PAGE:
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It’s Time to Bring Back Accountability. Here’s How.

By Quint Studer

When can we start holding people accountable again? This is a question I frequently receive. It does not mean that there is no accountability. What it does mean is that due to staff shortages, leaders are tending to lower the bar on expectations and accountability. It makes sense. If there are not enough staff to provide service, the business may need to reduce hours. This can lead to not having enough revenue to keep the doors open. Revenue is more important than ever, as for many businesses the cost of goods and labor has increased significantly. 

Most of my time is spent in healthcare. Staffing issues in healthcare can lead to delays in care and/or less quality in care. Research in healthcare shows a direct correlation between employee turnover and clinical outcomes. Even if a hospital fills job openings with temporary workers, having lots of new people working can cause stress on the regular workforce. The saying “caught between a rock and a hard place” fits what many leaders are feeling. 

Most people have a desire to do an excellent job. It is not likely that a good worker becomes a not-so-good worker overnight. Instead, factors like short staffing, lack of supplies, rude customers (patients), and intense pressure on them and their supervisor slowly leads to dissatisfaction and burnout. 

The pressure on leaders is at an all-time high. More staff vacancies create lots more work. Add to that financial pressure to not lose money as well as high customer service expectations. Innovative technology, while good in the long run, creates more pressure to get everyone up to speed. 

Over the years, my observation is that leaders have moved from more of a transformational culture to a transactional culture. A transformational culture is built on trust, a shared vision, a guiding mission, and an agreed-upon set of values. It is one for all and all for one. One hears statements like “We are like a family.” A transactional culture is based more on “checking the boxes.” It is just what it sounds like: “Complete the transaction and move to the next one.” This is not all bad if those transactions are connected to the mission, vision, and values and if there are trusting relationships in the organization.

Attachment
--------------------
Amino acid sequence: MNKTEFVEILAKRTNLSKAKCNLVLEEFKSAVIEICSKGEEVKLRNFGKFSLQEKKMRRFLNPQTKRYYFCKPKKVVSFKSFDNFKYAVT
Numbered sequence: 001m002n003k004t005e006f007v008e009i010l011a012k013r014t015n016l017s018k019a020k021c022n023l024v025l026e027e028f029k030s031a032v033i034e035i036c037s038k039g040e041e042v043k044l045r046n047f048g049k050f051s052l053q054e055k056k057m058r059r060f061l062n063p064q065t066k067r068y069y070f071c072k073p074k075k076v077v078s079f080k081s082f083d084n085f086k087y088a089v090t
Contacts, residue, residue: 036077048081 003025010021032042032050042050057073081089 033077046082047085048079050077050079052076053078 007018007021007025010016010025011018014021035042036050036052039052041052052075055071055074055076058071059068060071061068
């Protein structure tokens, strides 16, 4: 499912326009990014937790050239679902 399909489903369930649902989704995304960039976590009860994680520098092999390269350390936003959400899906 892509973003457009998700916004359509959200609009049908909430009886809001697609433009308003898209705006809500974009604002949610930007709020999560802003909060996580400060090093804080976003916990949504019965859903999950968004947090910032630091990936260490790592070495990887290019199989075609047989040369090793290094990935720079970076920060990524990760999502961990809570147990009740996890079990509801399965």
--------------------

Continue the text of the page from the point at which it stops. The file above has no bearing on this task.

It saddens me that rounding on people to see how they are doing has so often become more of a set of scripted questions, a form of “check-the-box” accountability. I recently shared that the main question to ask if you want to know how a person is should be: “How charged is your battery?” The other is: “How is your work experience?” These two questions will lead to healthy conversations. For leaders, the question to the people doing the rounding is: “What are you learning from rounding?”

With much to do and too little time, we can slowly move from a transformational leader to a transactional leader. We need to get intentional about coming back to a more transformational style. I find it also will move us back to accountability.Transformational leaders realize that holding people accountable is a form of caring and compassion. Not holding people accountable leads to more pressure on the coworkers. By doing the following, we create that trusting culture we all desire.

Some tips:

It is okay to say things have drifted on accountability. Give some examples of how that has happened. Then share why it is now important to get back on track. 

Connect the “back-on-track” message to the mission of the company. For example, the mission might be to provide quality of care or quality of service.  

Meet with each person. Recognize those who perform well. Thank them for the example they set. For those not performing as needed, dig deeper. They at one time were meeting expectations or they would not be there. Listen and learn. For some people, this conversation is all it will take. For some, it will require referring them to resources available to them. For some, it will be the conversation that will lead to a departure. 

It is about caring and compassion. If someone is not working out, letting them go is the compassionate thing to do. While painful for a while, they will realize it is for the best. 

Put away the checklist and scripted questions. Instead, focus on building relationships. Leadership is about people. That is what leaders enjoy: the relationships they have at work. When one leaves a job and there is a going-away event, what people talk about is the relationships.

People spend too much time at work to not feel good about what they do, the impact they have, and the people they work for and with. When we make an effort to be more transformational in our leadership, it pays off for everyone.

Quint Studer

Quint Studer

If you're interested in purchasing books or having Quint speak in-person or virtually, please contact Nicole Webb Bodie, nicole@quintstuder.com

Quint Studer’s Wall Street Journal bestseller The Busy Leader’s Handbook: How to Lead People and Places That Thrive is filled with tips, tactics, and need-to-know insights. It functions as a desk reference, pocket guide, and training manual for anyone in a leadership position. His newest book, The Calling: Why Healthcare Is So Special, is aimed at helping healthcare professionals keep their sense of passion and purpose high. Quint currently serves as Entrepreneur-in-Residence at the University of West Florida, Executive-in-Residence at George Washington University, and Lecturer at Cornell University.

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